Unfortunately, the new fabrication of new degrees is often regarded by professors and even by the general public as a mark of innovation and creativity that rejuvenate cash-strapped universities.
But it is quite annoying in that most of the new degrees have formed the largest segment of university qualifications that most employers do not want.
While an employer would readily shortlist for an interview a graduate holding a Bachelor of Commerce degree, a human resources manager in a medium-sized company would hesitate to interview a graduate holding a Bachelor of Science (Financial Engineering) degree. The issue is that too often employers are interested in persons holding a degree that is designed to provide a wide range of managerial skills, while at the same time has competence in a specific area.
Although universities argue that some of their new courses are popular, some of those degrees have ruined careers of so many brilliant students.
For instance when the Ministry of Defence advertised the recruitment of specialist officers into the Kenya Defence Forces, one key requirement was that applicants must be registered by their respective professional bodies. Quite regrettably, few if any of those new fabricated degrees in public universities are recognised by local or international registration and regulatory bodies.
Undoubtedly, the military was just following the common trend in the country where employers, whether in the public or in the private sector, are demanding registration status of graduates in engineering, medicine, architecture and surveying while lawyers are expected to hold degrees that are recognised by the local Council of Legal Education.
Graduates seeking managerial jobs in the business sector or industry are in many instances also required to have acquired full professional status in accounting, finance, marketing or insurance in addition to their undergraduate or postgraduate degrees.
The craze by public universities in Kenya to duplicate or fabricate degrees has also been noted in Uganda, where public universities have been accused of establishing valueless degrees in order to attract students. Prof Mahmood Mamdani says the proliferation of inter-disciplinary programmes but without anchor in core disciplines in public universities has resulted in the devaluation of higher education.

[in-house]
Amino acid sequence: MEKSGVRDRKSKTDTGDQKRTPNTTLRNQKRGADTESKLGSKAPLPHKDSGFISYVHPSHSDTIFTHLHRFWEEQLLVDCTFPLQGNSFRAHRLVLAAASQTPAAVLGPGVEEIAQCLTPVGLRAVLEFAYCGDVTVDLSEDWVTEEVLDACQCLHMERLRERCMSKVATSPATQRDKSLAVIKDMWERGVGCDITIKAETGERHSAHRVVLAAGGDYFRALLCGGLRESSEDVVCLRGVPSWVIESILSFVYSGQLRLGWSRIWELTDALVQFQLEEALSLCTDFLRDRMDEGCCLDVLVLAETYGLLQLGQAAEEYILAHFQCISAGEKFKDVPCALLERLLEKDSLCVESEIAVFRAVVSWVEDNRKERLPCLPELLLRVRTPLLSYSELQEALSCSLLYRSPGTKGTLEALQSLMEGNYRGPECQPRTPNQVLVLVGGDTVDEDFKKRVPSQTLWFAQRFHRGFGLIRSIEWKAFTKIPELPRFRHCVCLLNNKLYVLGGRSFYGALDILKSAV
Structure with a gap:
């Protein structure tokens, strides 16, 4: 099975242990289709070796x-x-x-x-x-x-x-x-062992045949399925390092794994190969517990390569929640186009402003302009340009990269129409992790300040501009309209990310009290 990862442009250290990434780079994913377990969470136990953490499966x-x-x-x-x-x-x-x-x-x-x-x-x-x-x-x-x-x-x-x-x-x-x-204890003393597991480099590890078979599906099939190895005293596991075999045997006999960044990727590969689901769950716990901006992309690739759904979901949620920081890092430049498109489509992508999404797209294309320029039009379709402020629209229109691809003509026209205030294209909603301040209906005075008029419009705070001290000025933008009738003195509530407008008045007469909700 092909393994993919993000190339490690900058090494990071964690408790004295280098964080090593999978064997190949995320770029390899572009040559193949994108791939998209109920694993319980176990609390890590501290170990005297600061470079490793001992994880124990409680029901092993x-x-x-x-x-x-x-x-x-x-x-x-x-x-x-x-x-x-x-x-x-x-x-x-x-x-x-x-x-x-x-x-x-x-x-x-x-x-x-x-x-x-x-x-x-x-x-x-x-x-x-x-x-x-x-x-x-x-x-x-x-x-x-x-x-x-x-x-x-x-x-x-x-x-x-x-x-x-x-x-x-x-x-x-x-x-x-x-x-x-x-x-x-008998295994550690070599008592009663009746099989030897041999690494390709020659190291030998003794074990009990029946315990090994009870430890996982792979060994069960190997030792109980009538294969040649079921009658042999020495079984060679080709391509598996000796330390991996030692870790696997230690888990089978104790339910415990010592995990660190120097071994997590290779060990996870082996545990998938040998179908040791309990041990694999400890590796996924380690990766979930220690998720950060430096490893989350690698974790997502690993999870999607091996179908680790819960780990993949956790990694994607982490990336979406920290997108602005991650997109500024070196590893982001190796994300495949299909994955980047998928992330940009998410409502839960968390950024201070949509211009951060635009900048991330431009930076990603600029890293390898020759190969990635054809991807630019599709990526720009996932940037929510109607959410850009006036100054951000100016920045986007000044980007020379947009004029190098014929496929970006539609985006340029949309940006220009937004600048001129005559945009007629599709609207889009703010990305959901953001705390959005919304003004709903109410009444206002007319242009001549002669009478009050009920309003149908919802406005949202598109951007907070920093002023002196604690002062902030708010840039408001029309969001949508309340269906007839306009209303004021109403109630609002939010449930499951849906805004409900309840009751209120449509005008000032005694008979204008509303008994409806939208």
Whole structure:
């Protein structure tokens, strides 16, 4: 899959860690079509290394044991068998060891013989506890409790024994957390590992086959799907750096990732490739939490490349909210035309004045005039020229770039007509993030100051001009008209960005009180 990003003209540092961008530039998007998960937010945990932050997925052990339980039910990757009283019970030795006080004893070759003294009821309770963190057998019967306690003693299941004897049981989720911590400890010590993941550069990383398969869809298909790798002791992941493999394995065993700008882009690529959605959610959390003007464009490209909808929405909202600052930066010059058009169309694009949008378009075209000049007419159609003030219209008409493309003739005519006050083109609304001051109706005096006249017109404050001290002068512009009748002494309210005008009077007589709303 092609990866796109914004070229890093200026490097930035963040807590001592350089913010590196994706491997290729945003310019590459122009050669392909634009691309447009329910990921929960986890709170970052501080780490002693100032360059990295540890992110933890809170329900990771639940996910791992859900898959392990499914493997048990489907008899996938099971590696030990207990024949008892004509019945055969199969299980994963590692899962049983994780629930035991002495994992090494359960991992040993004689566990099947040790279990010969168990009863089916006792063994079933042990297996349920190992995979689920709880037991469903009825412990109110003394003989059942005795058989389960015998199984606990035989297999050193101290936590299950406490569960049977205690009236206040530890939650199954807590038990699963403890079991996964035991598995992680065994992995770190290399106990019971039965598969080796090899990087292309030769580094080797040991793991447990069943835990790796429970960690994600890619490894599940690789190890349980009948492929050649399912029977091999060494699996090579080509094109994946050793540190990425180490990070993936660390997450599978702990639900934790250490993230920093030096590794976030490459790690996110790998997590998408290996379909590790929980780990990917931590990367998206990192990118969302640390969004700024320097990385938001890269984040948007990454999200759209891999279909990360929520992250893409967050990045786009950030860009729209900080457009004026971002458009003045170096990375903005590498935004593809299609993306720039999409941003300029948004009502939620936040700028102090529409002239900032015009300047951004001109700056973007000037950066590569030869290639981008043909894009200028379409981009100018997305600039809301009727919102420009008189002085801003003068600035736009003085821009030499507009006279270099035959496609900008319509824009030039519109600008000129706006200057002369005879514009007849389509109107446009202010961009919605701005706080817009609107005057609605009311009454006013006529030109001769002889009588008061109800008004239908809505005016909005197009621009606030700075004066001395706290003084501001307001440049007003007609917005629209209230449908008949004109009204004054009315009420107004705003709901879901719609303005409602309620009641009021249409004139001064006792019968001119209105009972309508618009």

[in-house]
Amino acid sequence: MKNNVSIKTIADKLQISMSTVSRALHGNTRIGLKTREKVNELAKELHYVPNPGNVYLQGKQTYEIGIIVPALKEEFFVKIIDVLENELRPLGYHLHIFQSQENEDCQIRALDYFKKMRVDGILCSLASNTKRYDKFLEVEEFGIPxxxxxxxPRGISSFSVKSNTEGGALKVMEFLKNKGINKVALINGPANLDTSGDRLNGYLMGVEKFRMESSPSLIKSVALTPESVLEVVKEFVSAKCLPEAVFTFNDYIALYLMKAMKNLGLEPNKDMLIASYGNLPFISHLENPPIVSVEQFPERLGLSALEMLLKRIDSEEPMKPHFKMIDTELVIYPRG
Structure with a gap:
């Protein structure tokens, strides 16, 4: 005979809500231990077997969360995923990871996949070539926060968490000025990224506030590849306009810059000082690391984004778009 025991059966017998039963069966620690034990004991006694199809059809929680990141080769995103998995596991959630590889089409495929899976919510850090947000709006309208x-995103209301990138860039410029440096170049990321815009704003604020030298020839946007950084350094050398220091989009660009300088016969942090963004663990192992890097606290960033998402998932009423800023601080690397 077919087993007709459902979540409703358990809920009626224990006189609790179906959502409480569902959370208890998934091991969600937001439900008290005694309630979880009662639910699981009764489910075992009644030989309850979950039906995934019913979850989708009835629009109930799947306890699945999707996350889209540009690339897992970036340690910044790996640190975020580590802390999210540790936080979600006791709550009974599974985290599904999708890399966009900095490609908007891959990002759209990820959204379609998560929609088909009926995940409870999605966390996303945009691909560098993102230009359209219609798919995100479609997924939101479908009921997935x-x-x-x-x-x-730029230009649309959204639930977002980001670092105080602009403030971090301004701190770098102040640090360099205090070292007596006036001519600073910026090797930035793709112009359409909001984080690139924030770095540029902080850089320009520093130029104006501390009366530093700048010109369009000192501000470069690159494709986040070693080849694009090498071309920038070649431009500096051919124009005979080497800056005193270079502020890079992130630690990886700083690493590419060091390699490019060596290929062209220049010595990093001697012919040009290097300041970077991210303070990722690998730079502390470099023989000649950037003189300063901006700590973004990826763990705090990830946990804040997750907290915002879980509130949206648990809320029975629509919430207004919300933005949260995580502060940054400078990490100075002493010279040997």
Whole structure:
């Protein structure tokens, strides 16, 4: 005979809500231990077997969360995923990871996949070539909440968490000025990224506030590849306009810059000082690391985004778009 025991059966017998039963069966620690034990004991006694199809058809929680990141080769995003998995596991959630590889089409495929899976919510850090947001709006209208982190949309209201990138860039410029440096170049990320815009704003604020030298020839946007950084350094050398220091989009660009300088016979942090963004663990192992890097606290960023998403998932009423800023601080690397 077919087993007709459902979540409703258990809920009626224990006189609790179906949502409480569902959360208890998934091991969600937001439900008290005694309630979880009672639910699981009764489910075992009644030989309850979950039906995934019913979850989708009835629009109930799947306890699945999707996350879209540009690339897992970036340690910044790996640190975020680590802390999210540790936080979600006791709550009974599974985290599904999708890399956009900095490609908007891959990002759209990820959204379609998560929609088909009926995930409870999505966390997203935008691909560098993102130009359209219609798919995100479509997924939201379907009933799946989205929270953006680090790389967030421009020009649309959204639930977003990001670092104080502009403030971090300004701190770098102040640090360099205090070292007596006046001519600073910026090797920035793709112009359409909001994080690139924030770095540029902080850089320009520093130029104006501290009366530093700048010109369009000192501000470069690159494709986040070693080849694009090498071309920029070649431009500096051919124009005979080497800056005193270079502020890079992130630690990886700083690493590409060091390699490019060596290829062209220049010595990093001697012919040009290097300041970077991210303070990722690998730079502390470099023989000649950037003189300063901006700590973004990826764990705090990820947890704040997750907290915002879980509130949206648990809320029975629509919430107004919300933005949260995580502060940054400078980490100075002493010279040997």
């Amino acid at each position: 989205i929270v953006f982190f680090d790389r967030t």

These included undergraduate degrees in urban planning, environmental studies, secretarial studies and development studies. Others were diluted postgraduate programmes in mathematics, economic policy and planning, human rights, refugee law and forced migration, ethics and public management, peace and conflict resolution.
“This low level training is better described as ‘vocationalisation’ that is traditionally associated with community-based colleges,” says Prof Mamdani who is the Director of the Makerere Institute of Social Research. He is also the Herbert Lehman Professor of Government at the School of International and Public Affairs in Columbia University.
For Kenyans, it does not matter whether those new degrees are offered locally or in Uganda or anywhere else in the region, taking into account that Kenyan students are major importers of higher education in East Africa.
However, the main worry is that despite their academic weaknesses and low quality, those degrees are recognised by the Commission for University Education and the Uganda’s National Commission for Higher Education, basically by virtue of being offered by elite public universities.